• nate


In this post, expanding some questions and concepts from a previous post on providing more transparent pricing models for tech companies, by tying company performance to long-tail economic growth, broadly understood. There are two (or three) primary challenges our economy faces as we take baby steps toward a post-scarcity economy. 1. Scaling problem. Markets organically move through boom-bust cycles. To prevent massive catastrophes, governments pull and push fiscal and monetary levers to keep the balance in the force. Recession go into, we will not. However, as our global economy has grown and become more interconnected, this has become considerably more expensive. Debt is scaling faster than real GDP growth in most developed nations. While national economies don't work like a small business or household budget, this should give one pause for concern; at what point will hyper-inflation kick in? Imagine COVID19, times 1000. That can potentially be business-as-usual in 15-30 years. 2. Modal problem. Software ate the world, and to quote the best star wars movie, there's always a bigger fish. Currently, that big fish is data-driven automation. We should expect to see continued displacement over the next 5-15 years. And, while iRobot may be 30 years out, our economy isn't structured C3P0 to work as our personal fashion assistant. While some suggestions like UBI funded via VATs may be part of the solution, I question the scalability, per #1. A more deep question is aligning economic life with our intrinsic (or constructed) human nature. While capitalism may be hitting puberty, I'm not yet convinced that a 100% centrally planned economy is best, even if it will be relatively simple to execute in the near future. With that happy introduction, I'll introduce a potential concept that can reconcile these two challenges. Economic Lifetime Value. eLTV can be understood as the long tail contribution a firm makes to the overall economy. This would include traditional metrics such as revenue, P/E, and all the other fancy acronyms. It may also include out-firm contributions, such as highering growth, employee retention, employee promotions, above-peer wages, and other contributions that generally keep the wheels spinning.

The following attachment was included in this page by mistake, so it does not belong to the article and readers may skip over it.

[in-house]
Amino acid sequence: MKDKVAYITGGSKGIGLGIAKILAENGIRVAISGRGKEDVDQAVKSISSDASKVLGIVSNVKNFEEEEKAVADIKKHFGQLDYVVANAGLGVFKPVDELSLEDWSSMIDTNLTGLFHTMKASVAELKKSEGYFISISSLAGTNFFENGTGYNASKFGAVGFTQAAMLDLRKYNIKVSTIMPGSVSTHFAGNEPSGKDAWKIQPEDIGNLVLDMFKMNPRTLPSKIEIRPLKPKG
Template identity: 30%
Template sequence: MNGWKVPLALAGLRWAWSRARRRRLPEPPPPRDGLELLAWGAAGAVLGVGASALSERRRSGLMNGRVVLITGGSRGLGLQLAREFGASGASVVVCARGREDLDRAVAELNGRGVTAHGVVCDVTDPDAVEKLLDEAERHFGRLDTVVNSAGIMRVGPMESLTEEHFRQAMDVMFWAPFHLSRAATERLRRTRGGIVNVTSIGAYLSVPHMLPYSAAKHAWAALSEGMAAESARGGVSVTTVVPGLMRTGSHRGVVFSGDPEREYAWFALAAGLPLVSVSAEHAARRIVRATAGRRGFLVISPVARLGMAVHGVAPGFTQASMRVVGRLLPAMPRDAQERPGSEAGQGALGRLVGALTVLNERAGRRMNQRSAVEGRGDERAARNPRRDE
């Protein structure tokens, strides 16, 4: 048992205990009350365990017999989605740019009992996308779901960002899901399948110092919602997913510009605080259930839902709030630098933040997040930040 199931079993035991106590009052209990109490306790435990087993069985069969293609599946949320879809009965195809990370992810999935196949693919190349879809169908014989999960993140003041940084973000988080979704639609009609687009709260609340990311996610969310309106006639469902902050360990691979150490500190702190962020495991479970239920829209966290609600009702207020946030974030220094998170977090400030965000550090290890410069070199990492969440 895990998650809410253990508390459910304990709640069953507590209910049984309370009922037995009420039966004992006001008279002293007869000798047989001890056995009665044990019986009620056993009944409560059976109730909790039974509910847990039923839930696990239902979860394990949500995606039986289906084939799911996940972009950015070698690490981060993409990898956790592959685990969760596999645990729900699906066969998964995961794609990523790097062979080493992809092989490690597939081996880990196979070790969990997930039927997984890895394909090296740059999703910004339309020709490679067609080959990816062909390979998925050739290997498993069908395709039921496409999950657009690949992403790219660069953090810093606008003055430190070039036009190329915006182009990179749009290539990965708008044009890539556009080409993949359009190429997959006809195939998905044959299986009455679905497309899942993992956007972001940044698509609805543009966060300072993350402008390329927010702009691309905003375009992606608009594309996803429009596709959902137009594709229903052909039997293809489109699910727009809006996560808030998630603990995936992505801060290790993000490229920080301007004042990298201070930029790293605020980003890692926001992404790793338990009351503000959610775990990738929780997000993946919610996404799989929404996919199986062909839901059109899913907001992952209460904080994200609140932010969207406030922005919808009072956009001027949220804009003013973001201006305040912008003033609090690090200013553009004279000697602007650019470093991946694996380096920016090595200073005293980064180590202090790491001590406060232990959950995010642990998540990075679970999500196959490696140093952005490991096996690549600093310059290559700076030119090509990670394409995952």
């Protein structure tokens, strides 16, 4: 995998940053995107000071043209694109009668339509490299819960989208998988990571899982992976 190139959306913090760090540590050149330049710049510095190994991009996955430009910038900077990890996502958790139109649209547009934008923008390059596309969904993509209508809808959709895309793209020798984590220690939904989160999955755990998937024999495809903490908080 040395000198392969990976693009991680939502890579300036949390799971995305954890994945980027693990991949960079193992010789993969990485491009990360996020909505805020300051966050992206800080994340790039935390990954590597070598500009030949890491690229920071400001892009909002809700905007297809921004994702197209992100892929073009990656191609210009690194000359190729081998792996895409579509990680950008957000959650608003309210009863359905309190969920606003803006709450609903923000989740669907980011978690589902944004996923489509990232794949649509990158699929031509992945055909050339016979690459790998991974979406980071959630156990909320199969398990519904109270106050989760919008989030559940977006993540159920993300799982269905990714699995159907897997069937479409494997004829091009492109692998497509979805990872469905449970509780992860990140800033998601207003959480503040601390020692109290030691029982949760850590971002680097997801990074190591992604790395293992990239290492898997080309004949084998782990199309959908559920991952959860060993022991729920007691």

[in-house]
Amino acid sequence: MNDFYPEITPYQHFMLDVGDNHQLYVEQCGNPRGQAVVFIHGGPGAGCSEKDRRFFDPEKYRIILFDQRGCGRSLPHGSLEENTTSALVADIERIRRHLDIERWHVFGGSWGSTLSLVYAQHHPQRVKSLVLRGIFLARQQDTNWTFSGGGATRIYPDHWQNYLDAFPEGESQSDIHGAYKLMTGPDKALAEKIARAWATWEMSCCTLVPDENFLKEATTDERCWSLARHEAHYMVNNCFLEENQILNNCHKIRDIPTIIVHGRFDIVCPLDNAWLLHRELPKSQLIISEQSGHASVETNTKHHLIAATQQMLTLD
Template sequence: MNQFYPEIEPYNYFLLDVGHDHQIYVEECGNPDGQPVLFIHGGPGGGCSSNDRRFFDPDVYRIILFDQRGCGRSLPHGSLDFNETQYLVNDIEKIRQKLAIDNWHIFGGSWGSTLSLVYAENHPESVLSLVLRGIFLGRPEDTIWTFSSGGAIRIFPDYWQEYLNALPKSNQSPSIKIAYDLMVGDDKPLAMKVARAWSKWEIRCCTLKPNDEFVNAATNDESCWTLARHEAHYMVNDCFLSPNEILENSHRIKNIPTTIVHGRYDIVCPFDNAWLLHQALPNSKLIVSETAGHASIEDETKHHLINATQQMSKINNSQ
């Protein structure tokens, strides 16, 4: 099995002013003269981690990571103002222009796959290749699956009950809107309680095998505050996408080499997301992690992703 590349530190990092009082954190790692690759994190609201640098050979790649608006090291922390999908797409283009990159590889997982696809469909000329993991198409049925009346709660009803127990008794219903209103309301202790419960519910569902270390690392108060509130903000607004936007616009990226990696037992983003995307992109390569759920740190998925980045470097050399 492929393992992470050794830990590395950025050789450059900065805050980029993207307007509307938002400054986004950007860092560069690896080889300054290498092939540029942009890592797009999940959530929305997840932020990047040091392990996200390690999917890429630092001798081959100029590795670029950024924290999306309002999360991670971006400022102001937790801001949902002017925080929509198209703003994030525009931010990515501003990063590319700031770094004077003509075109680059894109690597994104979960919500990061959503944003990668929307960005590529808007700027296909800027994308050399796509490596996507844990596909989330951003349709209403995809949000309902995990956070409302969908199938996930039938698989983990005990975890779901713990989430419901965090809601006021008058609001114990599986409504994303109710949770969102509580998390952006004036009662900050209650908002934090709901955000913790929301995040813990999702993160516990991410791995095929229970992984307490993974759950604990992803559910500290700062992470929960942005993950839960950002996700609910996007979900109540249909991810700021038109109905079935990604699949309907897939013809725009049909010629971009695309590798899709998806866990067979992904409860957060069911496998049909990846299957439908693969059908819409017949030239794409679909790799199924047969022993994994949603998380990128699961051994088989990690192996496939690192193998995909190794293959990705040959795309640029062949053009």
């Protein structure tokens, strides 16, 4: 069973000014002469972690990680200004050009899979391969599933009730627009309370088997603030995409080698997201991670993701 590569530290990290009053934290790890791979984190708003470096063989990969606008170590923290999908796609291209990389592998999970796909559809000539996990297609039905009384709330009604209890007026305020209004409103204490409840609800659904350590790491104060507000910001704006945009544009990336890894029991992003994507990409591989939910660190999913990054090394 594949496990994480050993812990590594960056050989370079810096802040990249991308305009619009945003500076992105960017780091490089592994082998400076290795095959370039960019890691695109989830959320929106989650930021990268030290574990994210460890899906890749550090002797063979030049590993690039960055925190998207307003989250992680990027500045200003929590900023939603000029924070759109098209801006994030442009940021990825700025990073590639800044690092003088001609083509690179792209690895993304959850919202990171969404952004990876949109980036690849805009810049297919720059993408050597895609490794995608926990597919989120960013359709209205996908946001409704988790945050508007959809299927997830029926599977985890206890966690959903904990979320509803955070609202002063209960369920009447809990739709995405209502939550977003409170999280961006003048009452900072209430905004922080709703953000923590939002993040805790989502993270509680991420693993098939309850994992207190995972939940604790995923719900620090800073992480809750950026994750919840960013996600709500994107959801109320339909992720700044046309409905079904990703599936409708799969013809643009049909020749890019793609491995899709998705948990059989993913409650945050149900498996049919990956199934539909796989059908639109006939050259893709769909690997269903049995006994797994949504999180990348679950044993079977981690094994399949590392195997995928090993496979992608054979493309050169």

A thought experiment for how this might look in the wild. First, lets imagine Adam Smith's wet dream of a company - a perfect monopoly, which seamlessly converts outside capital and revenues to shareholder profit with surgical precision.

A good example might be to consider a merger by Lyft and Uber. Growth costs and G&A would plummet, and you'd have the lean frame of a global rides company. This might have Jim Kramer smashing a toaster oven on Mad Money, and investors would surely love it. On the supply side, however, while they may create an agile gig-economy for some workers, lower-than-average earnings and lack of benefits would displace costs to workers and government (taxpayers and other firms).

In this case, we can see that a high valuation might not correlate with the real value this firm provides to the overall system, as they'd be contributing to, rather than resolving, both the scaling and modal problems. To me, this invokes the real-life version of a Nozickian Utility Monster. Now for the inverse, and, while we already can see public services like DES, lets move an example to the private market, so we might look at the eLTV valuation. Imagine the sales tech space. You have CRM, sales acceleration, and a bevy of sales enablement tools that help companies scale revenues. Each of these firms has hard costs related to recruiting, billing, etc. Imagine if they, collectively, decided to form a shared service center to push costs and essential, non-revenue functions off the books. High eLTV, but no enterprise value. Will write more later. The human impact of this and other things is pretty high.

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